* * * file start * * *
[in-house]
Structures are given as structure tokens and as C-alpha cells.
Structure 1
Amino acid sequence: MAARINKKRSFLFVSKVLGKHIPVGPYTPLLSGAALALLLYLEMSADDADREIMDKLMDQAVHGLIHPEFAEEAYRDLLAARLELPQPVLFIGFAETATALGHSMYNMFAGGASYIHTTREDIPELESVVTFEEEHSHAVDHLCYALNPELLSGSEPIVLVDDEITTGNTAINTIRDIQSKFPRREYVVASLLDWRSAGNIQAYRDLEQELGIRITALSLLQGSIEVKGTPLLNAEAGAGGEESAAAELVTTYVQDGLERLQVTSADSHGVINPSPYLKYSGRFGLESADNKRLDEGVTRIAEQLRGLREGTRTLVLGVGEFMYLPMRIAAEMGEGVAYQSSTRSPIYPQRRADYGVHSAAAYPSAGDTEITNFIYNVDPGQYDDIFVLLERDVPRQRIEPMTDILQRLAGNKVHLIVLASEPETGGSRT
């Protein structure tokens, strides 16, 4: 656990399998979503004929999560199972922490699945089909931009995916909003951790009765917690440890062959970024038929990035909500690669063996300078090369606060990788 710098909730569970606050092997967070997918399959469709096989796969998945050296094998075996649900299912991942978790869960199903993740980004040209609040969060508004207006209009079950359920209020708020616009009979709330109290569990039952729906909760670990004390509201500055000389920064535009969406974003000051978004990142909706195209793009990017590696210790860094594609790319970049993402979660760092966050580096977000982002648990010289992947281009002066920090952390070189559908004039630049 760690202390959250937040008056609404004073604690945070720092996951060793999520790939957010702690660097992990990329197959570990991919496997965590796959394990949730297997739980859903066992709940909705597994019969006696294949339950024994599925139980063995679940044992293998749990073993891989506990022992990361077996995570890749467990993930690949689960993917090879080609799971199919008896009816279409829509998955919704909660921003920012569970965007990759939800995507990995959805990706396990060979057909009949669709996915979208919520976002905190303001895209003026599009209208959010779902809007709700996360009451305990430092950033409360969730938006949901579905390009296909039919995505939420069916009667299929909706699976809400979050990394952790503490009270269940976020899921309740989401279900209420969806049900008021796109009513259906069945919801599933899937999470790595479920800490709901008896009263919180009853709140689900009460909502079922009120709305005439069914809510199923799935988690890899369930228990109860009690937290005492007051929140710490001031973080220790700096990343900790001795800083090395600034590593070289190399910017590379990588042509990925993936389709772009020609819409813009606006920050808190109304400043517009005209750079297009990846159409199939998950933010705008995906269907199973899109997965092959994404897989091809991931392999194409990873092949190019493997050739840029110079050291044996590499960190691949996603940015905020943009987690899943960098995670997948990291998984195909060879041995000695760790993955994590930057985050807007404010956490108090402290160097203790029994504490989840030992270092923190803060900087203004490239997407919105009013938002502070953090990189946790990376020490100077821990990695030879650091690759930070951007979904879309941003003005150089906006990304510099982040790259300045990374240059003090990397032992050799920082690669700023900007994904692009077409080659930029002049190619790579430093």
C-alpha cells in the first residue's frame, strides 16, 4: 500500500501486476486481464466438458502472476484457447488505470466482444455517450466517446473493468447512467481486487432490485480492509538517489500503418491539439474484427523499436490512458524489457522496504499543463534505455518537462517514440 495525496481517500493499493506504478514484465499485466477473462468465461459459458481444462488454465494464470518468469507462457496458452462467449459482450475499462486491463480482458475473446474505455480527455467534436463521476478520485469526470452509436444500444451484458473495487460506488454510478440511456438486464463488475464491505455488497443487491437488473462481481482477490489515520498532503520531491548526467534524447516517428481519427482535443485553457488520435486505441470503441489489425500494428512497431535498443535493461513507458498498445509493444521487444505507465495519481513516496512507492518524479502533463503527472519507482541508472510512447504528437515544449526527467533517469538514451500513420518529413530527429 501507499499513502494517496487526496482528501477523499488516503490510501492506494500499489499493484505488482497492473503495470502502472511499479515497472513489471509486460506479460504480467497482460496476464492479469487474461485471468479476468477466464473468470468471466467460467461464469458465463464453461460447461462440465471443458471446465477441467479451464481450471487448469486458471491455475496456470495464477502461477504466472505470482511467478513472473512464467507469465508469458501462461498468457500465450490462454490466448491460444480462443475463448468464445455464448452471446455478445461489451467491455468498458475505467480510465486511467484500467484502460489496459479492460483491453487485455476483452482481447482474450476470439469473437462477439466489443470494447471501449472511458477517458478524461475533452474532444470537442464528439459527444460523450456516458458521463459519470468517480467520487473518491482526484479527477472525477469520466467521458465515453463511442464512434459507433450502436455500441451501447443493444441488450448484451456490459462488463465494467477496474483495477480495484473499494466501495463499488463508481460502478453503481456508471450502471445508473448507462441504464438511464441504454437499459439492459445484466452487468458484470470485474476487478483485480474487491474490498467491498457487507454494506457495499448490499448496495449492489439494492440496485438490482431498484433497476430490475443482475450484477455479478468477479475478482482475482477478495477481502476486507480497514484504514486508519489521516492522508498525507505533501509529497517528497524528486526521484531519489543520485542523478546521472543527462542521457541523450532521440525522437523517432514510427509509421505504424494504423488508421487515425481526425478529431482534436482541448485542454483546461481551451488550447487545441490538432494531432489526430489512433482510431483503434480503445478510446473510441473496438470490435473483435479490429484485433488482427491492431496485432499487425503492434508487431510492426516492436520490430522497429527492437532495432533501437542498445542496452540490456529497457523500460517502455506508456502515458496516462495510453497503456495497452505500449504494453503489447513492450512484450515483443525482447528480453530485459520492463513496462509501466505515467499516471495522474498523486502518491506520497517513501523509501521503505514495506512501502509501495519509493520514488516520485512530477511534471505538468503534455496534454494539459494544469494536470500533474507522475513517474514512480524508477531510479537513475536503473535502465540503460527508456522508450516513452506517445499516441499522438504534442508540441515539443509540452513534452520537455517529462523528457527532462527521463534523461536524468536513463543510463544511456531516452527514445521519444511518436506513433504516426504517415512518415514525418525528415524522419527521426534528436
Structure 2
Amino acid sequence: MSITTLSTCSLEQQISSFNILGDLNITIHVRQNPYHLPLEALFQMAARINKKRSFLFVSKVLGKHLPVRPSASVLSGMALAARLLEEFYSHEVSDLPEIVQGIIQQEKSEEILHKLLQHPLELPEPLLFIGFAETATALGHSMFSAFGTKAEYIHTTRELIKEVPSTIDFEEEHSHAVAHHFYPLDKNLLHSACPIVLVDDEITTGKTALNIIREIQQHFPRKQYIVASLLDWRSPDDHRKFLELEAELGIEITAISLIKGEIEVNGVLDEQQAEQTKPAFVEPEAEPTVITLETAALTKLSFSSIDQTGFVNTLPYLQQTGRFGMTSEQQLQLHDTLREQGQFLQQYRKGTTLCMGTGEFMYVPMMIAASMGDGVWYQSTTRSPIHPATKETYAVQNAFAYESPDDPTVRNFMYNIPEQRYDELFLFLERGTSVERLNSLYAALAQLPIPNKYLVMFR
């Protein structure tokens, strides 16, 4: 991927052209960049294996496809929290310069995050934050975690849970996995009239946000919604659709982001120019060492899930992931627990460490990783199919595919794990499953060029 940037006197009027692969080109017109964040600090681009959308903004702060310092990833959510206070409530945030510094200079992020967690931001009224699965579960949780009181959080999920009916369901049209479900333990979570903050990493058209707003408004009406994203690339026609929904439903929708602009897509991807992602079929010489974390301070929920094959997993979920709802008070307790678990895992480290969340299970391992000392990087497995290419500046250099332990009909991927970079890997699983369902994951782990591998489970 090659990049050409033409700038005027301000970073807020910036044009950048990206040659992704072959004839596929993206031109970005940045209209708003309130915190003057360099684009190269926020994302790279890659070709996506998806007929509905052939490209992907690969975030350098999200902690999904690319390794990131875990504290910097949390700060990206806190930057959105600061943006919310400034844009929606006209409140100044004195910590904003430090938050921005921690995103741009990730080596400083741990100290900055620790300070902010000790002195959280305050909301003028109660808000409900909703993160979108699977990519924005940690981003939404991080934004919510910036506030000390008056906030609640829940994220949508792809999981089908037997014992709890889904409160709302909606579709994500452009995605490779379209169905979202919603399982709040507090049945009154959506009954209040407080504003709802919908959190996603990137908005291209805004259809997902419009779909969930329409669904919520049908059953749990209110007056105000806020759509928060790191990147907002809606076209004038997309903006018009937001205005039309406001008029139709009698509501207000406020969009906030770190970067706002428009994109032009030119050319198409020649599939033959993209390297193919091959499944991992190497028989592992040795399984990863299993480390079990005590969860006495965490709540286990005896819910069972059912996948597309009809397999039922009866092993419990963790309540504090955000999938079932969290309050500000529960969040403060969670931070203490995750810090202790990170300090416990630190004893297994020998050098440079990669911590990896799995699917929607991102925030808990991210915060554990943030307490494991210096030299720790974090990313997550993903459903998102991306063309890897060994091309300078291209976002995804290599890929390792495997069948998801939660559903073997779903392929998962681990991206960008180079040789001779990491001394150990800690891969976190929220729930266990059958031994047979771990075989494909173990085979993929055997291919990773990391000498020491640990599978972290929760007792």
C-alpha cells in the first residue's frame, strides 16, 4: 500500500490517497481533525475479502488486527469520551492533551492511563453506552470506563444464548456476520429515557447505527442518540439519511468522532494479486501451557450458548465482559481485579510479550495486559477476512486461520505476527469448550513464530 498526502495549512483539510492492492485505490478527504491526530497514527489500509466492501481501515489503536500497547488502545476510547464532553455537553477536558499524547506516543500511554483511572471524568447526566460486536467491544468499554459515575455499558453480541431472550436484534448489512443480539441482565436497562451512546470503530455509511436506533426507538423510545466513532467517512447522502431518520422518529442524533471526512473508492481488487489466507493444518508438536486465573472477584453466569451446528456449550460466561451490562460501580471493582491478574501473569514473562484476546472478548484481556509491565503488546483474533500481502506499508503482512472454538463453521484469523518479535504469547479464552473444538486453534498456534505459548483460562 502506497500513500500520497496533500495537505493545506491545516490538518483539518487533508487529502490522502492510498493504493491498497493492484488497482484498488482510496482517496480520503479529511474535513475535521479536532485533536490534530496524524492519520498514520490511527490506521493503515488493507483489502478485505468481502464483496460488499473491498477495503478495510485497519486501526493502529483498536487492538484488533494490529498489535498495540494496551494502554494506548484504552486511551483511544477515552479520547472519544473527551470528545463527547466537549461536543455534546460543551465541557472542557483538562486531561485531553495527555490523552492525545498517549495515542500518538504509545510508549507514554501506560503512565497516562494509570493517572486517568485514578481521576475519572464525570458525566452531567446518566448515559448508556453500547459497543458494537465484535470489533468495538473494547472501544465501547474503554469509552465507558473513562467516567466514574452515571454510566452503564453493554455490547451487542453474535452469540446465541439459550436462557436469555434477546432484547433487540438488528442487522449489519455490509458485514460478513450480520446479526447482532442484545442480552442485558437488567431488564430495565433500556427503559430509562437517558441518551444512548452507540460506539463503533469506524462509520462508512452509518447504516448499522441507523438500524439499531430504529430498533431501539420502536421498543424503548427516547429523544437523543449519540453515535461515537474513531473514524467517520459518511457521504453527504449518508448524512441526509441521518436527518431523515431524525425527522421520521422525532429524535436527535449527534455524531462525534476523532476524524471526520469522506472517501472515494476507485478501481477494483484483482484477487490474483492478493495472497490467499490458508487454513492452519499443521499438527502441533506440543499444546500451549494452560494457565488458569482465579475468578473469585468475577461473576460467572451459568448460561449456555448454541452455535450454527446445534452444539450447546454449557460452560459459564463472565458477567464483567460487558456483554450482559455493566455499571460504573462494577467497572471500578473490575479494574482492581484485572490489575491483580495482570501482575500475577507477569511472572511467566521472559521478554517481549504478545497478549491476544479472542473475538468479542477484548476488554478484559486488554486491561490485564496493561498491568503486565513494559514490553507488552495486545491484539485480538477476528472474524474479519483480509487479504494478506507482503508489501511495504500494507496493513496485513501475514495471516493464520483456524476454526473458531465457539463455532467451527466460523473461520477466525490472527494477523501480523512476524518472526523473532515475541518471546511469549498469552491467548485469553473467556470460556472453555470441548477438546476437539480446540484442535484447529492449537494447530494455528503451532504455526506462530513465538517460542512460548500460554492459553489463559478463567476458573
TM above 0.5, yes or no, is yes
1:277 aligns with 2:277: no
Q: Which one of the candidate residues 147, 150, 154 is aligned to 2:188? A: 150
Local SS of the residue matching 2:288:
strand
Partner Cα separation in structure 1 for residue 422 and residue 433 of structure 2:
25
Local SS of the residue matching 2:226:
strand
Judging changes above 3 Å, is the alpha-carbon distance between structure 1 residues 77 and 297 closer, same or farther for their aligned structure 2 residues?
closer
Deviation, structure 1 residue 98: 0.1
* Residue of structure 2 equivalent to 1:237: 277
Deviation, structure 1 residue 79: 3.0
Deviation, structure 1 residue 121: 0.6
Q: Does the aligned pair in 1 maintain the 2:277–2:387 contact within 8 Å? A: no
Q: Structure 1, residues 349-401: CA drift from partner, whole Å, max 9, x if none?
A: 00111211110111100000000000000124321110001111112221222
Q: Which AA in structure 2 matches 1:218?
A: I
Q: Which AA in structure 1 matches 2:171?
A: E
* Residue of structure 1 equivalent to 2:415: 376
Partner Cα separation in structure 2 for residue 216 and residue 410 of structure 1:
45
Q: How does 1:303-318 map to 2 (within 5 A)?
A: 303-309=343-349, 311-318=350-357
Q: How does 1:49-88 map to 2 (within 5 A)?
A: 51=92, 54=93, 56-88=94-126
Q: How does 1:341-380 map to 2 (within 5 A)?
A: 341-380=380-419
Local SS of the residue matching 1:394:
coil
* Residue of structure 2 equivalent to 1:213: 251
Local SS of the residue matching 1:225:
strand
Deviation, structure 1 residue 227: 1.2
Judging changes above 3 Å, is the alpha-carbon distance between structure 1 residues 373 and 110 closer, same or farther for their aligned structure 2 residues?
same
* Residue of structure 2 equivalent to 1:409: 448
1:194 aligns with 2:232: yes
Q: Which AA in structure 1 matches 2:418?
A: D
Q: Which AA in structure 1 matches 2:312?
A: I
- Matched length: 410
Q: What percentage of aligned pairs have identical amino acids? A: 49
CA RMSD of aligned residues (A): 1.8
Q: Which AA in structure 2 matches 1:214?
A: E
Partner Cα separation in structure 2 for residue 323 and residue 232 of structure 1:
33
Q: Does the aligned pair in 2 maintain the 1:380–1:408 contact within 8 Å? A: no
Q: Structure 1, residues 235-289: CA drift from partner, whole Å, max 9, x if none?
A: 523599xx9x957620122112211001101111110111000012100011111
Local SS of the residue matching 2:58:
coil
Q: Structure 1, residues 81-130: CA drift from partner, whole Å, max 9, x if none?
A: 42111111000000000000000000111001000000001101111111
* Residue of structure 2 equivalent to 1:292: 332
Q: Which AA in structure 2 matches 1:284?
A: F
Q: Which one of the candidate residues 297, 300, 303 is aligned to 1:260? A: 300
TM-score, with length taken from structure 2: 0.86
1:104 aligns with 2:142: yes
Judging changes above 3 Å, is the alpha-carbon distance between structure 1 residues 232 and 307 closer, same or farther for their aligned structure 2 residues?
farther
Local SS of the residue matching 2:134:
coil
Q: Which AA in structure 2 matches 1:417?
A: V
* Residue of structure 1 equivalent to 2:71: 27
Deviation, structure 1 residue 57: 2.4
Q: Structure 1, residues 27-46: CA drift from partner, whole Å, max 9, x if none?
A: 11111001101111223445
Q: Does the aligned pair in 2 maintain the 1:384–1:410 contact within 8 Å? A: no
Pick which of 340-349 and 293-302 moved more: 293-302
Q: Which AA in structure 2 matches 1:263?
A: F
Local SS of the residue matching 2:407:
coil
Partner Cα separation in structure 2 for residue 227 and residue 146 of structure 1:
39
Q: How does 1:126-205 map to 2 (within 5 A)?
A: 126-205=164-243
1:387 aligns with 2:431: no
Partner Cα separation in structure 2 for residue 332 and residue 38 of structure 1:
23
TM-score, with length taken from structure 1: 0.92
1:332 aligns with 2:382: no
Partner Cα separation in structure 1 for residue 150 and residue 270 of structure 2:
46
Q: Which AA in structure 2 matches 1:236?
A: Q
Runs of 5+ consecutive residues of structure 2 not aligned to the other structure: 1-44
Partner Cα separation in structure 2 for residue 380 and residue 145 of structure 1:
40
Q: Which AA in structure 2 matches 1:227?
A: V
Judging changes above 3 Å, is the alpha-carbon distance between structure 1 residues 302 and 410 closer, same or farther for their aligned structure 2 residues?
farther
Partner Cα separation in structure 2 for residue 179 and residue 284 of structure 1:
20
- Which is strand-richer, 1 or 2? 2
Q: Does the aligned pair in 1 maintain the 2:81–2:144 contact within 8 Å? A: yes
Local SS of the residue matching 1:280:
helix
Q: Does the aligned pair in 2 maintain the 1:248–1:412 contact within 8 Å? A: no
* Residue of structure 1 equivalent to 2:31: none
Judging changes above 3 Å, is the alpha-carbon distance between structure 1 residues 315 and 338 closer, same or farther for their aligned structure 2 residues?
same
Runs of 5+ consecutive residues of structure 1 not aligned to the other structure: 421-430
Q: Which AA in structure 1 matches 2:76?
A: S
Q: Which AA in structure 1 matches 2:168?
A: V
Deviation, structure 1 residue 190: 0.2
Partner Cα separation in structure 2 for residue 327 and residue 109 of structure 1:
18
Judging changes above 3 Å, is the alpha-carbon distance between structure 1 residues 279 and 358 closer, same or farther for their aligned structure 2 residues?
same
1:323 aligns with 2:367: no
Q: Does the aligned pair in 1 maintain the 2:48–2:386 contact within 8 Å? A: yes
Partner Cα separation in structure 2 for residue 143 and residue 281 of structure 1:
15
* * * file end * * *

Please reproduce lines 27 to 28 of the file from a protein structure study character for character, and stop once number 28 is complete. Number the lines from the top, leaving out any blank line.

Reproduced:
Q: Structure 1, residues 349-401: CA drift from partner, whole Å, max 9, x if none?
A: 00111211110111100000000000000124321110001111112221222